• The continuous phase can include an organic solvent. Suitable organic solvents may include petroleum ether, hexanes, heptanes, toluene, benzene, dichloroethane, trichloroethylene, chloroform, dichloromethane, nitromethane, dibromomethane, cyclopentanone, cyclohexanone or any mixture thereof. Preferably, the solvent or solvents used in this continuous phase are characterized by higher volatility than that of the dispersed phase, e.g., the water phase.
  • Suitable materials for the dispersed liquid phase can include water and/or water miscible solvents such as methanol, ethanol, ethylene glycol, propylene glycol, glycerol, dimethyl formamide, dimethyl acetamide, acetonitrile, dimethyl sulfoxide, N-methyl pyrrolidone.
  • The emulsion may also contain at least one emulsifying agent, binder or any mixture thereof. Suitable emulsifying agents can include non-ionic and ionic compounds, such as the commercially available surfactants SPAN®-20 (Sigma-Aldrich Co., St. Louis, Mo.), SPAN®-40, SPAN®-60, SPAN®-80 (Sigma-Aldrich Co., St. Louis, Mo.), glyceryl monooleate, sodium dodecylsulfate, or any combination thereof. Examples of suitable binders include modified cellulose, such as ethyl cellulose with a molecular weight of about 100,000 to about 200,000, and modified urea, e.g., the commercially available BYK®-410, BYK®-411, and BYK®-420 resins produced by BYK-Chemie GmbH (Wesel, Germany).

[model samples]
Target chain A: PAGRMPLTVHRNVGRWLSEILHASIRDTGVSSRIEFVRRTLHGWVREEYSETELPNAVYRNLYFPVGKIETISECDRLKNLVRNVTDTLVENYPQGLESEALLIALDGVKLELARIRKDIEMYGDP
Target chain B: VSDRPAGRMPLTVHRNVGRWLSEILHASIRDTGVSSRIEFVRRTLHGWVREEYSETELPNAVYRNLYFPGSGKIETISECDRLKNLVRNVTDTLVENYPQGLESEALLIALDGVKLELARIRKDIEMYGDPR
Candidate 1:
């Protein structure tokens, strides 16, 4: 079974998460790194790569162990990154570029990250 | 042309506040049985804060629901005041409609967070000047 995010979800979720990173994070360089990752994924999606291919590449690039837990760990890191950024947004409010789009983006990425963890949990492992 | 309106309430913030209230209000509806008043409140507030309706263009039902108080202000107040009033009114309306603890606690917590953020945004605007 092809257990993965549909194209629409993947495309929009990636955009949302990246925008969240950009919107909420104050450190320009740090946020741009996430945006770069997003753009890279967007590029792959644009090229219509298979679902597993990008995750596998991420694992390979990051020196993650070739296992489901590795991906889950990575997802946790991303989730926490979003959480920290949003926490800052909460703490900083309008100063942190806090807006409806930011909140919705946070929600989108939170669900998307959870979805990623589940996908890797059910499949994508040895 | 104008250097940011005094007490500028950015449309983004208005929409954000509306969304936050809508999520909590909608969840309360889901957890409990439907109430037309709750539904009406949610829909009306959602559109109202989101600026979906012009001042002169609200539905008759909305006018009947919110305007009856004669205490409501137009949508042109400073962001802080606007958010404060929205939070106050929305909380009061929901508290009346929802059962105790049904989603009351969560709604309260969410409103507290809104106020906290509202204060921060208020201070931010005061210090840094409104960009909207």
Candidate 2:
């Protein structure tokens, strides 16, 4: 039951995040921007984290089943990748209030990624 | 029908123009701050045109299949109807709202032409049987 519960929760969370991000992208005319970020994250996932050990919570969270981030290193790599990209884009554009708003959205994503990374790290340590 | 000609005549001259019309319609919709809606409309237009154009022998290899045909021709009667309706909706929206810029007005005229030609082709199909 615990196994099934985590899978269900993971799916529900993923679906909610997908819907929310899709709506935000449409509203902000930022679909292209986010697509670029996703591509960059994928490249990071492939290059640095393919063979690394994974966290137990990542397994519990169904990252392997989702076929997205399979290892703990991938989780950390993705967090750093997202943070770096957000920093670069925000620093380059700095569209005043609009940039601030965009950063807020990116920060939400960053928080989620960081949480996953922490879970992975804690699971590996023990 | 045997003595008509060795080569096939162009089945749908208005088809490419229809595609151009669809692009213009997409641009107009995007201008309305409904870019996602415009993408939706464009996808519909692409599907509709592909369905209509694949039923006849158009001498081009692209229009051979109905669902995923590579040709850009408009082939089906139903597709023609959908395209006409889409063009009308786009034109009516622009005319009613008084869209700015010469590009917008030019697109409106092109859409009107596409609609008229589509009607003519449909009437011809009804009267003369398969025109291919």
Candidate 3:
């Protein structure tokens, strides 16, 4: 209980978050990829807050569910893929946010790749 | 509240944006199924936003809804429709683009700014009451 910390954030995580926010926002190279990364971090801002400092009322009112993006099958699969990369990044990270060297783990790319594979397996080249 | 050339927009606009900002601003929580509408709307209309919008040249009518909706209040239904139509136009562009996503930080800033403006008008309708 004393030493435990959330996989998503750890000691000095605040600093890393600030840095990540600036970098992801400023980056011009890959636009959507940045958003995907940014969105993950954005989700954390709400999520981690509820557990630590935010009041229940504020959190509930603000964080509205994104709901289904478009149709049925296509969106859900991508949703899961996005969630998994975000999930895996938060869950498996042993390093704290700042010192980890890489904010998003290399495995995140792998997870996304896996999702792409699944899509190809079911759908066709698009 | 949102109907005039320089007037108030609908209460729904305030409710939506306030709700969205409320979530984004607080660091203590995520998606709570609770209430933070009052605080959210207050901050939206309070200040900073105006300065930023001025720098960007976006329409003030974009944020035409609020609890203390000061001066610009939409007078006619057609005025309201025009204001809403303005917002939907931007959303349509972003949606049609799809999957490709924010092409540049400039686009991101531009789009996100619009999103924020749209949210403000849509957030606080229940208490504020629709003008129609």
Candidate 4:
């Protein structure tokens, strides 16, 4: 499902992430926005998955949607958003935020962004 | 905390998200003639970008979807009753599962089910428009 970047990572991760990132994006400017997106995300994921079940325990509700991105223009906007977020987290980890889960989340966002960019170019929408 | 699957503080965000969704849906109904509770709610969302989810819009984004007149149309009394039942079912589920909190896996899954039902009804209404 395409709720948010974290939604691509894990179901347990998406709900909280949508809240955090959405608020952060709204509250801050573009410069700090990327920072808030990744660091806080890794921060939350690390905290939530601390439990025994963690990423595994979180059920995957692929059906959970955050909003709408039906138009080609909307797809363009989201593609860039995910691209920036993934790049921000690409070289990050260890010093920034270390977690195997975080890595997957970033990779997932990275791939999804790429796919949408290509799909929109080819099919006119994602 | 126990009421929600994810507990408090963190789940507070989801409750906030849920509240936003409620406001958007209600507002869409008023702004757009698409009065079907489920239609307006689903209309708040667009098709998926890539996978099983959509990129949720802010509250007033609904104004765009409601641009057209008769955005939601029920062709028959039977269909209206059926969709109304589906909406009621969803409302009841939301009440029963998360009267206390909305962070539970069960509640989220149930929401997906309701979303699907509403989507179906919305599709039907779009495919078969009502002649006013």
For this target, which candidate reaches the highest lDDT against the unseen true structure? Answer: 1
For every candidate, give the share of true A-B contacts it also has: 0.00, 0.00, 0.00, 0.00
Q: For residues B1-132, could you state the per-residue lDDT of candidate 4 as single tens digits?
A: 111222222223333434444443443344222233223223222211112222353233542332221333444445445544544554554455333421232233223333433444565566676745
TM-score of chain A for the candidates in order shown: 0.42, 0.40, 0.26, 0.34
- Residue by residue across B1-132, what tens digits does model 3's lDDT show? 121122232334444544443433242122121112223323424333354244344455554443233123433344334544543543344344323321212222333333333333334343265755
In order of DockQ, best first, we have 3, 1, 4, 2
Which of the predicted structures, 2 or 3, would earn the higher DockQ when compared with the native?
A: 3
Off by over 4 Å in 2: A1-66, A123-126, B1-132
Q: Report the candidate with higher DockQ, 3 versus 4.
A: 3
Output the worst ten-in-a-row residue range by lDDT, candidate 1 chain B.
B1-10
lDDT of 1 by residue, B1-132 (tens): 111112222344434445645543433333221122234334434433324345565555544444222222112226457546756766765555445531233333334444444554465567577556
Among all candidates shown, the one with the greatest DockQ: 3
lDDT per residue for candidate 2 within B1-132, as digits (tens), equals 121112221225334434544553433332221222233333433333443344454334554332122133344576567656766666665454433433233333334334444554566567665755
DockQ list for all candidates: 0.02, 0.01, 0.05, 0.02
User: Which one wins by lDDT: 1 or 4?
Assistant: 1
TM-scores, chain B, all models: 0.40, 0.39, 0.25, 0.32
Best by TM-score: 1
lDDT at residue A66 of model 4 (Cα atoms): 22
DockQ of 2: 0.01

• Other additives may also be present in the oil phase and/or the water phase of the emulsion formulation. For example, additives can include, but are not limited to, reactive or non-reactive diluents, oxygen scavengers, hard coat components, inhibitors, stabilizers, colorants, pigments, IR absorbers, surfactants, wetting agents, leveling agents, flow control agents, thixotropic or other rheology modifiers, slip agents, dispersion aids, defoamers, humectants, and corrosion inhibitors.
  • The glass frit particles burn through the passivation layer. A variety of glass frit particles are available and may include lead or be lead-free. Glass frit may include metal oxides such as lead, zinc, boron, bismuth, and tellurium. Particle sizes of glass frit may range from nano-sized to micron-sized, e.g., up to 5 μm or up to 10 μm. Preferably, the glass frit particle size is consistent with the self-assembly process such that the glass frit particles self-assemble into a network. In the case of larger glass frit particles, methods for reducing particle sizes may be employed, such as grinding or milling, prior to combining the particles with the emulsion. Glass frit particles may be present in the emulsion at concentrations ranging from 0.1 wt. % to 10 wt. %.
  • The composition can be coated onto the semiconductor substrate using bar spreading, immersing, spin coating, dipping, slot die coating, gravure coating, flexographic plate printing, spray coating, or any other suitable techniques. In some implementations, the homogenized coating composition is coated onto the semiconductor substrate until reaching a thickness of about 1 to 200 microns, e.g., 5 to 200 microns.
  • Prior to coating the emulsion on the substrate, the substrate can be pre-treated, e.g., with a coating, to improve certain properties. For example, the substrate may be provided with a primer layer to improve adhesion between the substrate and the coated emulsion.